Dan Garner is an NCIDQ certified interior designer who is a cherished part of JAI’s team. He joined our team with vast experience in both commercial and residential projects. He holds a Masters of Architecture degree from the Savannah College of Art and Design in Savannah, GA (SCAD). Dan is passionate about creating creative, out-of-the-box designs that are as functional as they are beautiful.

Here’s a look through The Glass Wall into the design mind of Dan:

Dan, when did you know that you wanted to be an interior designer?  

It was architecture that first captured my heart. I can’t remember ever wanting to do anything else. From the time I was just a kid, I was always building with LEGO’s and creating detailed and interesting structures. In High School my father was a residential developer and I would walk through the houses that were under construction and picture what they would look like and what I would do to improve them.

I went to college for Architecture and got my master’s degree, but once I got into the profession I realized I was much more interested in design and the entire creative process. I am attracted to more than just the architectural shell. I love all the details that speak to us as humans. Eventually, I decided to pursue my certification in Interior Design so I had the credentials to work on projects from conception all the way through to the final finishing touches.

What projects have you worked on that make you feel proud?

I honestly feel proud of all my work. I’ve had the privilege over the years of working on some inspiring projects. However, if you want to know which projects are among my favorite, I’d have to say the residences I designed from start to finish. I had the honor of designing and collaborating on award-winning homes in Pennsylvania, and to know that those spaces would be intertwined in families lives and memories—well, I found that to be very rewarding.

In your opinion, what is most important to remember when designing a hotel—both in terms of branding and interiors?

Finding the appropriate balance between beauty and function. If either one of these is missing, the guest doesn’t have the best experience and, in my opinion, the project is not a success. I appreciate elevated creativity and design, but not just for the sake of being different. It needs to have functional benefits. What value does it add to the guest experience? That is always at the forefront of my mind.

When was a time that you felt like you failed at something, but later learned that it served to make you a better person professionally?

No project is without flaw or surprise, but it’s how you learn from those things that can make all the difference. Sometimes the surprises on jobs have been challenging to resolve, but other times they have been a blessing in disguise.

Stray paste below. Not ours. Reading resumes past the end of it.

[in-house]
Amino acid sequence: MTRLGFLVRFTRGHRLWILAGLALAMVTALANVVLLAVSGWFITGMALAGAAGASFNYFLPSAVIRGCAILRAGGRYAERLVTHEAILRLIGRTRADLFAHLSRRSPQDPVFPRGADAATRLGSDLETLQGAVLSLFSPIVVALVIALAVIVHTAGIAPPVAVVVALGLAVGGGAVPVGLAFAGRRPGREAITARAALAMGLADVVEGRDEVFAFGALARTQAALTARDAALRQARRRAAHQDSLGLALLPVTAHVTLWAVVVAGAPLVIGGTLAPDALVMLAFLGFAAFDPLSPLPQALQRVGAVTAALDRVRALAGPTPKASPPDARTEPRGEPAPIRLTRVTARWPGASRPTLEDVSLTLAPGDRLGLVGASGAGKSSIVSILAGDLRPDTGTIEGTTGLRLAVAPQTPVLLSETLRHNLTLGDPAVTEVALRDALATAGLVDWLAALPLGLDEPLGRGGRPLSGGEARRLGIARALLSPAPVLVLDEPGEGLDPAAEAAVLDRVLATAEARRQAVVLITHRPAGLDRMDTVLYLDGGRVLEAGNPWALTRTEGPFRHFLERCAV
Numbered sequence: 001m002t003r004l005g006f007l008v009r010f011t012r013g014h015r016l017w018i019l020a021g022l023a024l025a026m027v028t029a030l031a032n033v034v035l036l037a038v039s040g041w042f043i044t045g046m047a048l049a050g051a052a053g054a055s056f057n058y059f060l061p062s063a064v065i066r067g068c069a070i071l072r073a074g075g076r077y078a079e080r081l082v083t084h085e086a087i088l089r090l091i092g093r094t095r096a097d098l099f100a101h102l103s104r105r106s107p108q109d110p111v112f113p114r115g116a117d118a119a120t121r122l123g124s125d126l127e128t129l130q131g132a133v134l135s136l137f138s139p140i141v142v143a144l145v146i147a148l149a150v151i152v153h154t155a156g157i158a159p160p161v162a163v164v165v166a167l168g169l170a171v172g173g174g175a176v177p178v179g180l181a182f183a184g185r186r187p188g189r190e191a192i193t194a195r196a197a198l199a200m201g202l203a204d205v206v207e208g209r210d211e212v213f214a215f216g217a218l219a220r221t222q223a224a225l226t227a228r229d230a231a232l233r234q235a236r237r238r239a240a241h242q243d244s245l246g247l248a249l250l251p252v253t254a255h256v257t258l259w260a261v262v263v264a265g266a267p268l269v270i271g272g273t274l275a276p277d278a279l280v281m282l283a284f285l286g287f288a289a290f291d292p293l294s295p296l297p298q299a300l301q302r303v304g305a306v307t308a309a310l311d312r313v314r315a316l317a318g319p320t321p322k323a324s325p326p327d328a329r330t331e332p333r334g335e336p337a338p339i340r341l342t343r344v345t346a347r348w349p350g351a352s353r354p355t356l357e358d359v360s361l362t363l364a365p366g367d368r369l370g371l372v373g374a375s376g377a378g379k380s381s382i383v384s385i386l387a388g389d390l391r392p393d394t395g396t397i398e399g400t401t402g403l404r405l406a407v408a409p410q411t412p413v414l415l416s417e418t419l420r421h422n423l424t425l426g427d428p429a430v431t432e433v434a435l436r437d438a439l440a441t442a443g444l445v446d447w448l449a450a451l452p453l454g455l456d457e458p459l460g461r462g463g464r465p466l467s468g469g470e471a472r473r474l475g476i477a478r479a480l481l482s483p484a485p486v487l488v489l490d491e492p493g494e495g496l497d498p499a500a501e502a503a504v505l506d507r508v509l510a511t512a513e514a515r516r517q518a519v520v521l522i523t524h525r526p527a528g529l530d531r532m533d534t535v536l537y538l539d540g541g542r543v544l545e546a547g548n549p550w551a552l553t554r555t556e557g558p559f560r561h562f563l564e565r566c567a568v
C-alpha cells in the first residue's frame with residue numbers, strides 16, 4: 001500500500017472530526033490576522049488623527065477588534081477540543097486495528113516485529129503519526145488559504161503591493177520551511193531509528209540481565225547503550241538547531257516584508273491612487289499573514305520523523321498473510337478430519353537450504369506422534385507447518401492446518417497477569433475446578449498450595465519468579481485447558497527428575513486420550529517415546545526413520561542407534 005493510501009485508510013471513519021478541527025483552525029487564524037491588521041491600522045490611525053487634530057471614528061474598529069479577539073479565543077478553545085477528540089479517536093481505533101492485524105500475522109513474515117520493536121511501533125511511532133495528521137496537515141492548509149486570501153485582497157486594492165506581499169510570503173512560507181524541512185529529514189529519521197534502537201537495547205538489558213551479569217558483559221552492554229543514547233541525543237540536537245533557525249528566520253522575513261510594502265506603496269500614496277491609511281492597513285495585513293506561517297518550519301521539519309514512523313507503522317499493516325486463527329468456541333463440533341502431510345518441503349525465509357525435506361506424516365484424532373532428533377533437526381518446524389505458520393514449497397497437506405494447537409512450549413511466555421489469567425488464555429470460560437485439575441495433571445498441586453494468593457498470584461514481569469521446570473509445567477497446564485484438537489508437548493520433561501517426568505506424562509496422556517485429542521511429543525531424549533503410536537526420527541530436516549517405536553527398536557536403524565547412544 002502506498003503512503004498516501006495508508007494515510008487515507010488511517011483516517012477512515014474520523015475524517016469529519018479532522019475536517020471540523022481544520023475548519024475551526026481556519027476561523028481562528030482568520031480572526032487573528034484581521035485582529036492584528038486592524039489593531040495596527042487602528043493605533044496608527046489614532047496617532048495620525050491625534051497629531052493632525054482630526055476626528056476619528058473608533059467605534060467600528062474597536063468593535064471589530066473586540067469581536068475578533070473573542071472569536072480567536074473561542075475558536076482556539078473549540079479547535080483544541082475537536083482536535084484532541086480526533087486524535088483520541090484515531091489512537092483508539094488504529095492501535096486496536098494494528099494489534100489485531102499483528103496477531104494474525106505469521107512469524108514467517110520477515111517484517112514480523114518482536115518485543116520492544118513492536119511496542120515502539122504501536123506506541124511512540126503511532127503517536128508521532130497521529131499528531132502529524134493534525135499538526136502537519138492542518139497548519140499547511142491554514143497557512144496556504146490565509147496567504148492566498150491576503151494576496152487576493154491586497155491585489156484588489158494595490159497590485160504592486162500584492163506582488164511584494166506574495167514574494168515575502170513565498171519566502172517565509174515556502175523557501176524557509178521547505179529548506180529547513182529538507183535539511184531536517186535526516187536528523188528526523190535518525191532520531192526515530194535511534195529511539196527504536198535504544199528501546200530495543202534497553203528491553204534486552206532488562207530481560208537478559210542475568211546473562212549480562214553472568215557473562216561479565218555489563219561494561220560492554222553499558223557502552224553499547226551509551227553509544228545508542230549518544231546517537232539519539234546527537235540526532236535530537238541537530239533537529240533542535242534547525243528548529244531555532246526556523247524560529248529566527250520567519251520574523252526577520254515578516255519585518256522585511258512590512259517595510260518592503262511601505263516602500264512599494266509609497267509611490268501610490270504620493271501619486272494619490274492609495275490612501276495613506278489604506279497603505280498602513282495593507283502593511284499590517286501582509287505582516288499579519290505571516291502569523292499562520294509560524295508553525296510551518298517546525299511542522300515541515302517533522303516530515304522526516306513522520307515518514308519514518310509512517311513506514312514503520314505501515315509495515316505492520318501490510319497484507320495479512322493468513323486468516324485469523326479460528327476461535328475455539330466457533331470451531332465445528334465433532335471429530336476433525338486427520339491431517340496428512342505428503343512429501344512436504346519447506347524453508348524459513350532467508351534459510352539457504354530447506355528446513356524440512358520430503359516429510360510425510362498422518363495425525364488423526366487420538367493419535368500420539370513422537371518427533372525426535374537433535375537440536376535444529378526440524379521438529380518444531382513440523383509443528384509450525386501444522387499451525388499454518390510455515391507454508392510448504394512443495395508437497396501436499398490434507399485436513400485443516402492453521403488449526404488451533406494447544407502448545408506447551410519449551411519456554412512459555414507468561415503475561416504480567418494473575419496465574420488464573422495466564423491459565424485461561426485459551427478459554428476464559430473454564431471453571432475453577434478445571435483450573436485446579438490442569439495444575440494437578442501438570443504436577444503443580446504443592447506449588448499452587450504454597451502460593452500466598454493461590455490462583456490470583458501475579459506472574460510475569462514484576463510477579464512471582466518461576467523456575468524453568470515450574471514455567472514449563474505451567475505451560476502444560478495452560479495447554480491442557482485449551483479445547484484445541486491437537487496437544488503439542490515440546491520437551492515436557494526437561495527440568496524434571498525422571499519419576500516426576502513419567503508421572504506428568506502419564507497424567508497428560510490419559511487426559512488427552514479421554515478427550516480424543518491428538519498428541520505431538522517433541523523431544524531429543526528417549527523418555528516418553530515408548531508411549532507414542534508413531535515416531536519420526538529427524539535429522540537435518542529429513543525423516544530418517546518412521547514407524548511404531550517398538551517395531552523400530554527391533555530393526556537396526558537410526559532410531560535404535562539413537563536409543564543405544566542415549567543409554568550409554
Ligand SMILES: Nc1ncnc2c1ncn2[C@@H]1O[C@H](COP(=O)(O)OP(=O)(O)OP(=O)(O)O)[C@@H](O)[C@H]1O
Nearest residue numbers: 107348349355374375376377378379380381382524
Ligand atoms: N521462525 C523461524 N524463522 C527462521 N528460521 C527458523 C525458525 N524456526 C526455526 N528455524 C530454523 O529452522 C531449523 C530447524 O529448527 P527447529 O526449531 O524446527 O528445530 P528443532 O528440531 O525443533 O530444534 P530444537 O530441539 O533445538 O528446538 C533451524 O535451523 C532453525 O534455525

My goals have never been to make the most money nor to climb to the top of my profession. My goals revolve around excellence, personal satisfaction and influencing and changing the lives of others through the built environment. I believe my calling is to design with a purpose. I’ve no doubt taken what others would perceive as a step backwards in my career to get where I want to go. Each step has been important, however, in making me a better designer and a stronger leader.

Which architect or designer or artist has inspired you most? How has that person influenced your design style? 

It is impossible to pick just one.

Robert Stern’s residential work is the perfect balance between classic and current. He has an intuition about how to reinterpret classical architecture into a relevant and functional architecture. I also love that he was involved in themed entertainment and took his residential knowledge and applied it to Walt Disney World, including his influence in Disney’s Yacht Club and Beach Club Resorts, and the plan for Celebration, FL. He is just brilliant at what he does.

Michael Graves has worked on every brand I love. He knows how to turn on the magic of themed entertainment and how to capture human emotion in his designs. He’s more than an architect—he’s an artist and an industrial designer.

Stylt Trampoli is a hospitality design firm in Sweden that values the narrative of design. They use storytelling to bring brands to life. They start every project with what they call an emotional business plan. It’s “the script of the movie and the blueprint for the experience. It answers the most important question for anyone in hospitality: why should anyone come to my restaurant/bar/hotel?” I am inspired by their work and the value it brings to the people who experience the spaces they create.

What would be a dream project for you?

My dream would be to work on a Disney-quality resort from start to finish. Not just to be involved in the interiors and furnishings, but to start with the concepts and big picture narrative and see that through all the way to the smallest details.

If you weren’t a designer, what would you be? 

If I weren’t a designer, I would definitely be a fine artist/craftsman. I love to work with my hands and use textures, materials and colors to create. Maybe this is what I’ll do in my retirement years. I have so many ideas in my head, but so little time to execute them. One thing is certain, as long as I am alive, I will be creating.